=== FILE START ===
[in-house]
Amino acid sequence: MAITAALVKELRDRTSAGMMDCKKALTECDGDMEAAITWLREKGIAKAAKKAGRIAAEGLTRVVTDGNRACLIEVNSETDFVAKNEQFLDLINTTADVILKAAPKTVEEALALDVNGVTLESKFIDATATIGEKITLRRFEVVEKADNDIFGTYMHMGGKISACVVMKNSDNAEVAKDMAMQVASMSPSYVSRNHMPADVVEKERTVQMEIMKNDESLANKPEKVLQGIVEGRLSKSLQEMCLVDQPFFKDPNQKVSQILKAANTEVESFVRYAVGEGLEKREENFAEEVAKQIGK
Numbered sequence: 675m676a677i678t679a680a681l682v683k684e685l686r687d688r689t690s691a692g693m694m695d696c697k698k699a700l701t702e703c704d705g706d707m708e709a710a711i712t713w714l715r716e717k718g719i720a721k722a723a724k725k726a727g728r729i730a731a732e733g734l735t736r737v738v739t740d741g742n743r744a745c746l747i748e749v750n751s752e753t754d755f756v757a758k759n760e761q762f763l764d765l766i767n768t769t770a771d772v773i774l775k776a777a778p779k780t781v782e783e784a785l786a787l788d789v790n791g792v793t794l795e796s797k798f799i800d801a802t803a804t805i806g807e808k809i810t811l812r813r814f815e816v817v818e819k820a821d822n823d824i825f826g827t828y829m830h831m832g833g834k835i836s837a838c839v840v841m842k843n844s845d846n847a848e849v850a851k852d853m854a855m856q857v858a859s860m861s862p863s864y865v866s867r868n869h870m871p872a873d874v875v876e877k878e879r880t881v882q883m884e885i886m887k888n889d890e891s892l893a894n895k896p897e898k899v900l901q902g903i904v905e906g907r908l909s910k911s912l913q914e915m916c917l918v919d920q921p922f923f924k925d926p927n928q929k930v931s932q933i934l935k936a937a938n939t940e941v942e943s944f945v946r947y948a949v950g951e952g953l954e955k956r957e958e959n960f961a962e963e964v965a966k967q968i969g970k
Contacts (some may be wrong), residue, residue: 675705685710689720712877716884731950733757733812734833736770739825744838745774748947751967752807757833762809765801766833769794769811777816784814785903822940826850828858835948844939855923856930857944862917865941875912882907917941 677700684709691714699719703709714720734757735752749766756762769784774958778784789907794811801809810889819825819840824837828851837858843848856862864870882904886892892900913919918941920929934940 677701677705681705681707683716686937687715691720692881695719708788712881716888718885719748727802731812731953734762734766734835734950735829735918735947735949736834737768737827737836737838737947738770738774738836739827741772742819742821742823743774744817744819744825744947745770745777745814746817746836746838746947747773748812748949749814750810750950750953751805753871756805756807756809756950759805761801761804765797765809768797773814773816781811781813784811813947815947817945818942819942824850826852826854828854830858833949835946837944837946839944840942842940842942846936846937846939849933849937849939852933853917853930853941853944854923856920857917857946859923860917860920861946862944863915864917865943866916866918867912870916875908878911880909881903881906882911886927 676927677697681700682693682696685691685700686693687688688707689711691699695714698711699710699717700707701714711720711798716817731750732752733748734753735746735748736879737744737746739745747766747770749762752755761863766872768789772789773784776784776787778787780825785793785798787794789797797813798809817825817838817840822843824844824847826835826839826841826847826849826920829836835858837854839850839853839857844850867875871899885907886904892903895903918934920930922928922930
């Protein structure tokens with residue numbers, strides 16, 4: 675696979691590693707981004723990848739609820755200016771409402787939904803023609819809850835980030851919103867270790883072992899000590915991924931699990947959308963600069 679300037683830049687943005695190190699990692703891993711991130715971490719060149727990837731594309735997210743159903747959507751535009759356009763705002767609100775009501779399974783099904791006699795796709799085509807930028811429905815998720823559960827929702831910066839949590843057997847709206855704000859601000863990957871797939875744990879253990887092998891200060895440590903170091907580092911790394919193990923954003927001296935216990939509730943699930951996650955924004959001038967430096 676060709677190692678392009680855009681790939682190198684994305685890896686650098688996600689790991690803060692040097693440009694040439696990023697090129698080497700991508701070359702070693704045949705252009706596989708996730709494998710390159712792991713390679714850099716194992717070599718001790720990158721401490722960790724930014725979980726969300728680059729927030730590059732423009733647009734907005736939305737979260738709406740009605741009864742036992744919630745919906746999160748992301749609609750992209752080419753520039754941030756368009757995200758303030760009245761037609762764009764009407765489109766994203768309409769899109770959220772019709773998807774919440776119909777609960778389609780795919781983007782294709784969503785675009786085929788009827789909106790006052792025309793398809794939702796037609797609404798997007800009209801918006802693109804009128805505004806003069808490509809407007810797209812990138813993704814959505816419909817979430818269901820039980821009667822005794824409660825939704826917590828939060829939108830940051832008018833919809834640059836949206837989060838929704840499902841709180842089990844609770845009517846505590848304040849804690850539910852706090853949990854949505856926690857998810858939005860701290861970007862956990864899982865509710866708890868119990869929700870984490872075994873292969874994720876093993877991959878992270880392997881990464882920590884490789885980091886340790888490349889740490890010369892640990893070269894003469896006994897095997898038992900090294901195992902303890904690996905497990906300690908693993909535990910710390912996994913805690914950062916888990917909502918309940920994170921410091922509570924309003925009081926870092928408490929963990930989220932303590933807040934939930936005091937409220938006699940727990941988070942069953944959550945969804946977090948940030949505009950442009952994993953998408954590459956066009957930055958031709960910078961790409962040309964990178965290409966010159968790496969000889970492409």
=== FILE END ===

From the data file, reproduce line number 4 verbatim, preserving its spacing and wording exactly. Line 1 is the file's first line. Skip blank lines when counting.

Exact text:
Contacts (some may be wrong), residue, residue: 675705685710689720712877716884731950733757733812734833736770739825744838745774748947751967752807757833762809765801766833769794769811777816784814785903822940826850828858835948844939855923856930857944862917865941875912882907917941 677700684709691714699719703709714720734757735752749766756762769784774958778784789907794811801809810889819825819840824837828851837858843848856862864870882904886892892900913919918941920929934940 677701677705681705681707683716686937687715691720692881695719708788712881716888718885719748727802731812731953734762734766734835734950735829735918735947735949736834737768737827737836737838737947738770738774738836739827741772742819742821742823743774744817744819744825744947745770745777745814746817746836746838746947747773748812748949749814750810750950750953751805753871756805756807756809756950759805761801761804765797765809768797773814773816781811781813784811813947815947817945818942819942824850826852826854828854830858833949835946837944837946839944840942842940842942846936846937846939849933849937849939852933853917853930853941853944854923856920857917857946859923860917860920861946862944863915864917865943866916866918867912870916875908878911880909881903881906882911886927 676927677697681700682693682696685691685700686693687688688707689711691699695714698711699710699717700707701714711720711798716817731750732752733748734753735746735748736879737744737746739745747766747770749762752755761863766872768789772789773784776784776787778787780825785793785798787794789797797813798809817825817838817840822843824844824847826835826839826841826847826849826920829836835858837854839850839853839857844850867875871899885907886904892903895903918934920930922928922930